On appeal from the Superior Court of New Jersey, Law Division, Cape May County.
Approved for Publication April 29, 1997.
Before Judges Shebell, Baime and P.g. Levy. The opinion of the court was delivered by Shebell, P.j.a.d.
The opinion of the court was delivered by: Shebell
The opinion of the court was delivered by
This is an appeal from the September 15, 1996 order of the Law Division granting defendant's motion for summary judgment based on the determination that plaintiff's action is barred by the entire controversy doctrine. Plaintiff's motion for reconsideration was also denied.
The sole issue on appeal is whether plaintiff's indemnification claim is barred by the entire controversy doctrine in light of plaintiff's failure to file a cross-claim for indemnification against defendant during the previous law suit when they were co-defendants. We have carefully considered plaintiff's legal arguments and find them to be clearly without merit. R. 2:11-3(e)(1)(E).
Plaintiff, Carl V. Buck, II, and defendant, James A. MacDonald, each owned shares of a corporation that developed a sixty-unit condominium project in Cape May. On June 2, 1995, plaintiff instituted a claim for indemnification on behalf of the corporation against MacDonald who had been the project's architect, alleging faults with the design and construction of the structures. In August 1990, Buck, MacDonald, and the corporation had been named co-defendants in a suit by the condominium owners, who sought redress for the design and construction deficiencies. In April 1993, a settlement agreement was reached with the owners under which the corporation, Buck, and MacDonald agreed to pay for the remedial measures necessary to correct the deficiencies found in the project. Because of this prior suit, the trial Judge granted summary judgment against plaintiff in this action, finding that the entire controversy doctrine precluded plaintiff's claim for indemnification.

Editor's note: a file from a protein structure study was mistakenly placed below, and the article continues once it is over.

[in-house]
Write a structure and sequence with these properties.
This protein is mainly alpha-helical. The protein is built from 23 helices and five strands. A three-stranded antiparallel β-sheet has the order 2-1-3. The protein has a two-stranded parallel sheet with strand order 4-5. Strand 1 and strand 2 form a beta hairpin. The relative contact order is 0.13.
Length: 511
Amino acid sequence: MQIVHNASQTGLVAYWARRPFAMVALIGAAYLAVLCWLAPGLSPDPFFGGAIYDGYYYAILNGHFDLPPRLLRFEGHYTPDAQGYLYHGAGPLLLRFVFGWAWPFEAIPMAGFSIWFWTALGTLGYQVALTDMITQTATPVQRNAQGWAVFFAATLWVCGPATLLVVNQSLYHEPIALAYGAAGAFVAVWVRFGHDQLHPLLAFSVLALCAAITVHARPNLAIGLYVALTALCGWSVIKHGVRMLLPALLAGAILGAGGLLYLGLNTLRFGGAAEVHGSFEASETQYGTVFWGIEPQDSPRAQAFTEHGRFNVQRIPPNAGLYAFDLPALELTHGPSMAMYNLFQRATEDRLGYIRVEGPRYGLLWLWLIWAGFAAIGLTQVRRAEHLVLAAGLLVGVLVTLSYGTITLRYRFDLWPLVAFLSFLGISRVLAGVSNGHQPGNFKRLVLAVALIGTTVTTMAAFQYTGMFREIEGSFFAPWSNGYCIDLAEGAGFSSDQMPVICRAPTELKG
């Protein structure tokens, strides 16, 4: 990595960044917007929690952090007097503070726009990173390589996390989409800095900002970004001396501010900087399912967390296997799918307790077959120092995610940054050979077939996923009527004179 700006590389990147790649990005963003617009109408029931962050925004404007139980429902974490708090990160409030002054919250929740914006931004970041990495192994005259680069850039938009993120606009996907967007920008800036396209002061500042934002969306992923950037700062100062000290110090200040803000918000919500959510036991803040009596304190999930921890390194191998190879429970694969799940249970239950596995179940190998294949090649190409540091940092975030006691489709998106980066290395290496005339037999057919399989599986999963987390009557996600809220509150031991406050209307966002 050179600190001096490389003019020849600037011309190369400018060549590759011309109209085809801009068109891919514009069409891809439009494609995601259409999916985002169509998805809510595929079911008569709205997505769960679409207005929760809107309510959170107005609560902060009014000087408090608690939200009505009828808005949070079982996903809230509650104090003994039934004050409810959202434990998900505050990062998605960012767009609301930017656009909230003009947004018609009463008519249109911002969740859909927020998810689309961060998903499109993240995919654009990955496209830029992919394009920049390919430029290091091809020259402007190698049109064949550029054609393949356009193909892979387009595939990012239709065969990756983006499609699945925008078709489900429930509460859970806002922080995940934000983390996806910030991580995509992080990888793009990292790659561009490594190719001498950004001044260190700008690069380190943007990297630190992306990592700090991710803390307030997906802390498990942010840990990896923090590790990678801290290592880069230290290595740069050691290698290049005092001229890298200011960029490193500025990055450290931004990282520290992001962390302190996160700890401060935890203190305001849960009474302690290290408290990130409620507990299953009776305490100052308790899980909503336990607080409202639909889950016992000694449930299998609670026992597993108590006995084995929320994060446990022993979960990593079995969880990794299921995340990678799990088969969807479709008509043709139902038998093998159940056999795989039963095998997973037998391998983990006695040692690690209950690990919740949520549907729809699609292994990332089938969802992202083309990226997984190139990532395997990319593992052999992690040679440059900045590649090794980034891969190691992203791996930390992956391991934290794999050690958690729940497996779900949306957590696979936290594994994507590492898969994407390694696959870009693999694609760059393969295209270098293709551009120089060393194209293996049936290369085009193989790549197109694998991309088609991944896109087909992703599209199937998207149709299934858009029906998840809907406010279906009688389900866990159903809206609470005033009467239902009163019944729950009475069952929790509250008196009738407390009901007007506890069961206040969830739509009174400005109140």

Pursuant to the entire controversy doctrine, all parties with a material interest in the litigation and all claims arising from the same overall transaction must be joined in a single action. DiTrolio v. Antiles, 142 N.J. 253, 267-68, 662 A.2d 494 (1995); Circle Chevrolet v. Giordano, Halleran & Ciesla, 142 N.J. 280, 289, 662 A.2d 509 (1995); Mystic Isle Development Corp. v. Perskie & Nehmad, 142 N.J. 310, 322-23, 662 A.2d 523 (1995); Mortgagelinq Corp. v. Commonwealth Land Title, 142 N.J. 336, 342-43, 662 A.2d 536 (1995); Cogdell v. Hospital Ctr., 116 N.J. 7, 26, 560 A.2d 1169 (1989). "In sum, the entire controversy doctrine compels litigants at the risk of preclusion to assert all claims in a single controversy." Prevratil v. Mohr, 145 N.J. 180, 190, 678 A.2d 243 (1996).
The test for whether claims are "related" such that they must be brought in a single action under New Jersey['s] entire controversy doctrine was expressed in O'Shea v. Amoco Oil Co., 886 F. 2d 584 (3d. Cir. 1989), as follows: if parties or persons will, after final judgment is entered, be likely to have to engage in additional litigation to conclusively dispose of their respective bundles of rights and liabilities that derive from a single transaction or related series of transactions, the omitted components of the dispute or controversy must be regarded as constituting an element of one mandatory unit of litigation. Id. at 590-91.
[DiTrolio, (supra) , 142 N.J. at 268.]
We find the holding in Harley Davidson v. Advance Die., 292 N.J. Super. 62, 68, 678 A.2d 293 (App. Div.), certif. granted, 146 N.J. 568 (1996) to be less than compelling here. In that case, the parts manufacturer was not a party to the initial suit and the claim against it purportedly did not accrue until after a settlement had been reached between the motorcycle company and the injured plaintiff. We, therefore, found that a stringent application of the entire controversy doctrine in the context of that case might result in undesirable consequences. Id. at 68-69.
More to the point here is Bendar v. Rosen, 247 N.J. Super. 219, 237, 588 A.2d 1264 (App. Div. 1991), wherein we stated that the entire controversy doctrine and judicial economy militated in favor of requiring the assertion of a cross-claim for contribution in an underlying tort action, even though "technically a right of contribution does not arise until a tortfeasor has paid more than his pro rata share." The comment to R. 4:7-5 (Cross-Claim Against Co-Party; Claim for Contribution or Claim for Indemnity) supports our Conclusion that the entire controversy doctrine requires an indemnification cross-claim to be made here.
The import of the amendment is to require defendants to assert any cross-claims for contribution and indemnity which they may have against any other party in the action itself despite the fact that the cause of action for contribution and indemnity does not ...